Wise Sayings to Usher in 2022

Wise Sayings to Usher in 2022

Verbal gems cultivated by tradition and customs across Kenya

Nashon J. Adero ·4 min read

The Undocumented Trove of Words

The common documented sayings in the English language are useful, but they are not all that there is in the limitless treasure trove of wise sayings from different regions and cultures. Wise sayings are shaped by a people’s unique experiences, environment, traditions, and customs.

Limited Editions in Circulation

As we draw the curtains on 2021 and make a refreshing entry into 2022, I pay tribute, on behalf of the youth-mentorship programme by Impact Borderless Digital (IBD), to some selected wise sayings you will hardly come across. The sayings are in confined circulation within indigenous Kenyan tribes. As such, they have had less than a fair chance at being translated and circulated in any of the major international languages.

Enjoying Examples of Original Kenyan Sayings

Enjoy the originality and the message you can draw from these selected proverbs and sayings as you make a hopeful entry into 2022.

  1. People with no secret agreement are easily brought down by a single stroke of the club (from the Kikuyu tribe). One person can easily outwit and bring down disunited people who have no secret creed or agreement. Can you build trustworthy groups of the selected few in 2022?
  2. A white goat gets lost even though it still remains visible (from the Kamba tribe). The glory could have departed from what still looks alright. Isn’t it high time we stopped waiting for the very last signs before we can correct the rot in character, society or systems in 2022?
  3. Truth never decays (from the Luo tribe). True, truth is timeless, and can only be progressive. Could you resolve to stand with the truth in 2022?
  4. Serving others should never be at the expense of your own self development (from the Kalenjin tribe). To be of greater and more fulfilling service to others in 2022, you must spare personal time and work harder on developing yourself first— refining your gifts and skilling always for better service delivery. Otherwise, you will run dry, a well that cannot supply water anymore because there is no recharge. How are you making yourself a better commodity for 2022 instead of complaining that you are “helping others who remain thankless?”
  5. Even an expert swimmer can drown (from the Luhya tribe). Don’t be overconfident about anything just because of experience and expertise. Omissions, accidents, and other surprises dotting the non-linearity of nature can strike. In 2022, give some room to doubt and take extra caution. As you ride, drive or fly that invincible machine, take care.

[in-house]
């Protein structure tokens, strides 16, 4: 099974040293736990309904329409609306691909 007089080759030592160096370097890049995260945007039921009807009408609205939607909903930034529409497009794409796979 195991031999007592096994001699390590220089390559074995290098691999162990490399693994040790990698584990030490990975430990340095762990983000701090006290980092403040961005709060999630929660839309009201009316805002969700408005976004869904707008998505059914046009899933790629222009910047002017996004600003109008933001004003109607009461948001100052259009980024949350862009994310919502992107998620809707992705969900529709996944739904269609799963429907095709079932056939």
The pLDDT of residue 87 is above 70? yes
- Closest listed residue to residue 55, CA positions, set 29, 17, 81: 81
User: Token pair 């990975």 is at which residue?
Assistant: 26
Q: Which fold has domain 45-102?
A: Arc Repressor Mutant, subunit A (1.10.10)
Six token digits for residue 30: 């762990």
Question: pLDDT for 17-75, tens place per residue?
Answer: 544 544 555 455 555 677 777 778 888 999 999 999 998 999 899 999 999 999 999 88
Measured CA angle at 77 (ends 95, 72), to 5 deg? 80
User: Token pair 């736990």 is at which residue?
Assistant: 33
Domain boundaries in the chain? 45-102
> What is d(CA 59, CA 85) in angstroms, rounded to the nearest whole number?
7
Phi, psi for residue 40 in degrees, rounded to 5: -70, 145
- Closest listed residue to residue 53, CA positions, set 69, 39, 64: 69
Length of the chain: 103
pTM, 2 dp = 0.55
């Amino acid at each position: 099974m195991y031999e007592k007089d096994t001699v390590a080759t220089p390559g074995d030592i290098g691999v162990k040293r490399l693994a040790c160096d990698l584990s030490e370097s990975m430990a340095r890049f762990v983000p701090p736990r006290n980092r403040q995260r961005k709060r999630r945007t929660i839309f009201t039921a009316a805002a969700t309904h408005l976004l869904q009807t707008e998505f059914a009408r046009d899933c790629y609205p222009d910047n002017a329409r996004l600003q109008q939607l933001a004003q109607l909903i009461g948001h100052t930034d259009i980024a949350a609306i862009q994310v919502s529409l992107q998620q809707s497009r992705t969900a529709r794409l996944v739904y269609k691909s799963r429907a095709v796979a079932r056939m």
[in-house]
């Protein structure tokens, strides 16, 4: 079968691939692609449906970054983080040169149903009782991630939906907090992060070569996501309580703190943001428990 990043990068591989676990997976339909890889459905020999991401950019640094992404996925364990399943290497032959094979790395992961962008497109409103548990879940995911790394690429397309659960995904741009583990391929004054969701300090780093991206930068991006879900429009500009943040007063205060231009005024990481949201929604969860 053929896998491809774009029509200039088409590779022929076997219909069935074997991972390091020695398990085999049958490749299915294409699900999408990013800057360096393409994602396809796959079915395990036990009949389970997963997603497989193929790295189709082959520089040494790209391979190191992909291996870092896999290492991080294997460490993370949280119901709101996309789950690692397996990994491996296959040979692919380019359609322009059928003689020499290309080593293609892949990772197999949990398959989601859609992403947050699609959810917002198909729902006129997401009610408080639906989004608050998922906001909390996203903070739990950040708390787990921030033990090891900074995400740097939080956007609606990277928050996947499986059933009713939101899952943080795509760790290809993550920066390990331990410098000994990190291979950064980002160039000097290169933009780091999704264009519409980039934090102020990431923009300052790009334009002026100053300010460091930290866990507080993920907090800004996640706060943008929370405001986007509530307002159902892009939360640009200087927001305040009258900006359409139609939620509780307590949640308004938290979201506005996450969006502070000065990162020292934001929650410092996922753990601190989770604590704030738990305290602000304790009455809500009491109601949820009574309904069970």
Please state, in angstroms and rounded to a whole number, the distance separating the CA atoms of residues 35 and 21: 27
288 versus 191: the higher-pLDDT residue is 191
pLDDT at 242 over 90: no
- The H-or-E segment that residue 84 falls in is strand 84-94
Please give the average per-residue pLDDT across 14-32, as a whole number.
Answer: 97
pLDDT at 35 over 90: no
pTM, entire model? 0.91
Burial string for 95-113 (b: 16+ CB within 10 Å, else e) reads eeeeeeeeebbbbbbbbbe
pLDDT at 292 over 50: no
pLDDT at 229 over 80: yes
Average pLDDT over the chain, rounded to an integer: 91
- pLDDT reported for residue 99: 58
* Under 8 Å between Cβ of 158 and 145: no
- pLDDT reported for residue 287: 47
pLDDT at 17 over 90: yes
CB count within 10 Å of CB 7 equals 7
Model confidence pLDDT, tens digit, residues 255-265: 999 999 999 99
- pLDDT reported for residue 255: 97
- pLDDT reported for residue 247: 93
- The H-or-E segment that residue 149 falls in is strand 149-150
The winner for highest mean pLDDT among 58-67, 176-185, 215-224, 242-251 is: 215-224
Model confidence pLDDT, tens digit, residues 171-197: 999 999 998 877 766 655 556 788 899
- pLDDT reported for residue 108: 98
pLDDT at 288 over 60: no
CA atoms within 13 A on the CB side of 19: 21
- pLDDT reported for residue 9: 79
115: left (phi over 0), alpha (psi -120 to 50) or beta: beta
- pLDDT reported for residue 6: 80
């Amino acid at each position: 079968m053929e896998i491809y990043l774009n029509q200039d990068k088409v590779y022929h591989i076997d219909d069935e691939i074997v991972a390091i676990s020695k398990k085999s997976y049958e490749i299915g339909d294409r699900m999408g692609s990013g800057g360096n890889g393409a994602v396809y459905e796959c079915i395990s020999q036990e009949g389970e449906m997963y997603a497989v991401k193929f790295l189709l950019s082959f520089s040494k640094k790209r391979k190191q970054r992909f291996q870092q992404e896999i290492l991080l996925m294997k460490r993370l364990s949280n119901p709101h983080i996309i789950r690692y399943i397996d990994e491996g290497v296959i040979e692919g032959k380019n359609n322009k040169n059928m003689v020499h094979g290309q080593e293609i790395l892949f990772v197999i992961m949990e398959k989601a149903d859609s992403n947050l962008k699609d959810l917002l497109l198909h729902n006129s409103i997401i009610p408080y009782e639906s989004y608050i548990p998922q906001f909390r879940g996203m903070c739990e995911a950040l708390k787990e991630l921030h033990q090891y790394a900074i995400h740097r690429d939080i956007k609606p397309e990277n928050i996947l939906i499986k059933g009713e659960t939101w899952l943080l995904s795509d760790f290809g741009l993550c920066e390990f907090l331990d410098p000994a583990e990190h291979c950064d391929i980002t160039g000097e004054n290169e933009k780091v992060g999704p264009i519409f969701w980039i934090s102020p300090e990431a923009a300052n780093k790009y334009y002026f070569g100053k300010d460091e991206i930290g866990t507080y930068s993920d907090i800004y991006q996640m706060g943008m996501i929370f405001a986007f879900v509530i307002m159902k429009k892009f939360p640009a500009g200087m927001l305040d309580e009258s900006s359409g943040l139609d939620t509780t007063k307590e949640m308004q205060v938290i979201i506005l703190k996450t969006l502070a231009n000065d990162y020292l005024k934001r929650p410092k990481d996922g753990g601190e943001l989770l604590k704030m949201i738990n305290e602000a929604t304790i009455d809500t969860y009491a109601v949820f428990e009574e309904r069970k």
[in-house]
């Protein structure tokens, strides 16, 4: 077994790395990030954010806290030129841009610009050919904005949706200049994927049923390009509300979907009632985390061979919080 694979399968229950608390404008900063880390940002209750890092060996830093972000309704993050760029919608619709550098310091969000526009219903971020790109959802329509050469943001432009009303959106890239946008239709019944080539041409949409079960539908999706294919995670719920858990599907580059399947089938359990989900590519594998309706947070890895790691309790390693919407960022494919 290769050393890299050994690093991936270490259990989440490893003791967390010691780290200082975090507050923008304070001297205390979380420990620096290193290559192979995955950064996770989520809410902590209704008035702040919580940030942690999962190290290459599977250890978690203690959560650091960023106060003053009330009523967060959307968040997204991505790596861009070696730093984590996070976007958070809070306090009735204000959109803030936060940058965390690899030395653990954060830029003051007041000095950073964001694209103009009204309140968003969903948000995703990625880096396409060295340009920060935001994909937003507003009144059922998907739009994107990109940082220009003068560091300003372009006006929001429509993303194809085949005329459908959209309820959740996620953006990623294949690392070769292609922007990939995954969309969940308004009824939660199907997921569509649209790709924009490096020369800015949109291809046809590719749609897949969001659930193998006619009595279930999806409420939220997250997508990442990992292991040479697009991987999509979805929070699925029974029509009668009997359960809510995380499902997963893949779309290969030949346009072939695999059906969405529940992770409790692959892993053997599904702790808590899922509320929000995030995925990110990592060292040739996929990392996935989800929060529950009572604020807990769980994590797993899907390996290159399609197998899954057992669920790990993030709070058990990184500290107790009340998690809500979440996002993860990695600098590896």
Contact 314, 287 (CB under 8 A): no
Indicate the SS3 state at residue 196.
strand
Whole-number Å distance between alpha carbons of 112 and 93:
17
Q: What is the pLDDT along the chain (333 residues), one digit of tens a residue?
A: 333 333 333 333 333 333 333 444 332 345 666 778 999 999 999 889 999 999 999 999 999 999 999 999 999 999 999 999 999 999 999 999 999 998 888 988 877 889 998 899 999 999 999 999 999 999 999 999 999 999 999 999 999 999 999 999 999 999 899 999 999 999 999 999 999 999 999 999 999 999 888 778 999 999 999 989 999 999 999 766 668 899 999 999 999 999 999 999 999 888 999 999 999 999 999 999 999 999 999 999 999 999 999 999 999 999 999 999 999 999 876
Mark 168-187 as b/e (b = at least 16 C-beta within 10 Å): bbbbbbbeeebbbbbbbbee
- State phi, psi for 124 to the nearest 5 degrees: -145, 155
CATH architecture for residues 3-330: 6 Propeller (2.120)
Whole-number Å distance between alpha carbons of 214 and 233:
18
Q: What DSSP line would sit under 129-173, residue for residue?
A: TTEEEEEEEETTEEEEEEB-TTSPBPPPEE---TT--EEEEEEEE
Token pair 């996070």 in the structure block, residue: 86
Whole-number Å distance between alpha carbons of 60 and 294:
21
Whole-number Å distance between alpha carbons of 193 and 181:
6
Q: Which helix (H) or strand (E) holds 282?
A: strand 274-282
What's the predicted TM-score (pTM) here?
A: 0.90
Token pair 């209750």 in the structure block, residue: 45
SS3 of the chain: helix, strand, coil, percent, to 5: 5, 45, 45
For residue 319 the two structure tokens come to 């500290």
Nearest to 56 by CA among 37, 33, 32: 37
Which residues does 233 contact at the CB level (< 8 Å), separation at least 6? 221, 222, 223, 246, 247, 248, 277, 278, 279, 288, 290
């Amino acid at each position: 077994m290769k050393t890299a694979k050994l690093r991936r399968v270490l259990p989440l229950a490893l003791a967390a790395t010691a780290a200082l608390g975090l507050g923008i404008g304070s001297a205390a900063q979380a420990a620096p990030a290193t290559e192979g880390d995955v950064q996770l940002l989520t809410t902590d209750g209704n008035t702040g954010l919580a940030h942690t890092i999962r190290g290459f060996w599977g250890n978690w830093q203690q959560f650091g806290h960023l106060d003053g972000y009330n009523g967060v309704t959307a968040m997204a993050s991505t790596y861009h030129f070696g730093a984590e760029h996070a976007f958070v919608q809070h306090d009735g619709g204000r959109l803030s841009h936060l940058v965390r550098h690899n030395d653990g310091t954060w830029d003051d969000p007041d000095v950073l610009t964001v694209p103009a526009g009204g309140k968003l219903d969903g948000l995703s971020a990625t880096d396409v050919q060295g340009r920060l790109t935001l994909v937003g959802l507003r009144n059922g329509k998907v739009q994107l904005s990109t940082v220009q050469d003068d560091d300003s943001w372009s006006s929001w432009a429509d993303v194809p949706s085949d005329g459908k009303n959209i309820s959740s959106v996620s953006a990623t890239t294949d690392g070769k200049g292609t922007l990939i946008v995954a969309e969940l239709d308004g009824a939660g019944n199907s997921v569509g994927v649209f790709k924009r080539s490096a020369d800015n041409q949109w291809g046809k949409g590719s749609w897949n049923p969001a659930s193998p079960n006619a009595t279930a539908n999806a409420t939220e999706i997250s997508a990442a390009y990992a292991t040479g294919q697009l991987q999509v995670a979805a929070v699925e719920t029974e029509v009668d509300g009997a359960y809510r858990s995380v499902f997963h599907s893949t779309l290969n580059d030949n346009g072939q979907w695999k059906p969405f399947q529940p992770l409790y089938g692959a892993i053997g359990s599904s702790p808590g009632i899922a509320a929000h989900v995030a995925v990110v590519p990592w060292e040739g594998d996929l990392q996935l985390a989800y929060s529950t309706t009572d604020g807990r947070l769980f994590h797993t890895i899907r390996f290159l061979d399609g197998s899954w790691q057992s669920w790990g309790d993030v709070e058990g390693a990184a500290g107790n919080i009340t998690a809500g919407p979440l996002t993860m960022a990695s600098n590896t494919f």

6. With a light load we escape the rain (from the Luo tribe). It encourages us to seek the least acrimonious route out of what can easily degenerate into a gruelling argument or case. Could this be a justification for you to seek out-of-court settlements for those prolonged cases in 2022?
  7. Respecting the great is the route to your own greatness (from the Mijikenda tribe). Is it not futile how some (digital, young) people think they will make it to lasting greatness without respecting and learning from their (analogue, old) seniors? Dropping from heights you were never fully cooked up to scale in the first place can be an embarrassing and horrific experience in 2022.
  8. The choosy one ends up with a rotten coconut (from the Swahili tribe). Being too choosy is a weakness. Beautiful things are still imperfect. As a fresh (young) graduate, start off with what you can manage at hand in 2022 and advance to better ones as opportunities open up. In relationships, remember that true love makes the unsightly beautiful by improving it.
  9. Take away the catch already snared before going far to snare more (from the Swahili tribe). Greed for more material gains and fame will leave you with nothing in 2022.
  10. Fire gives birth to ashes (from the Luo tribe). Fire is fierce, hot, consuming, and a deep contrast to the ashes it leaves behind. This is the antithesis of the famous saying, “Like father, like son”. Can you draw any parallels from your experience and culture to readily accept diversity? Though a great leader has not left behind a great leader from his own family, his impact can still live on through the other people he has inspired and mentored directly and indirectly.
  11. The womb has infinite boundaries (from the Luo tribe). Vastly different people come out of the same womb. In 2022, don’t ask naive, or rather unwise questions about the differences among family members, or judge siblings or graduates of the same institution for their vast differences that may be like heaven and earth. Accept the differences, for people have different gifts, attitudes, passions and choices. The differences make life a beautiful marketplace coloured with the richness of diversity.
  12. Eating the thorny acacia trees is to the elephant such a simple task (from the Taita tribe). Know your limits and cut your coat according to your size. Want to make 2022 frustrating and unfulfilling? Then compete with others yet you don’t have any idea how they started, no view of the base of their iceberg whose tip you admire, and no facts about how they make their money.

May you have a wise and reflective start to 2022, especially the youth mentees under Home — IBD (impactborderlessdigital.com), who still have much more to learn and reinvent.


This is the product of more than a decade of dedicated experience in research, skills development, training, and mentorship. Through mentorship and career development fora, IBD empowers youth with the knowledge, international exposure, and digital fluency they need to be emancipated global citizens with borderless influence for sustainable development.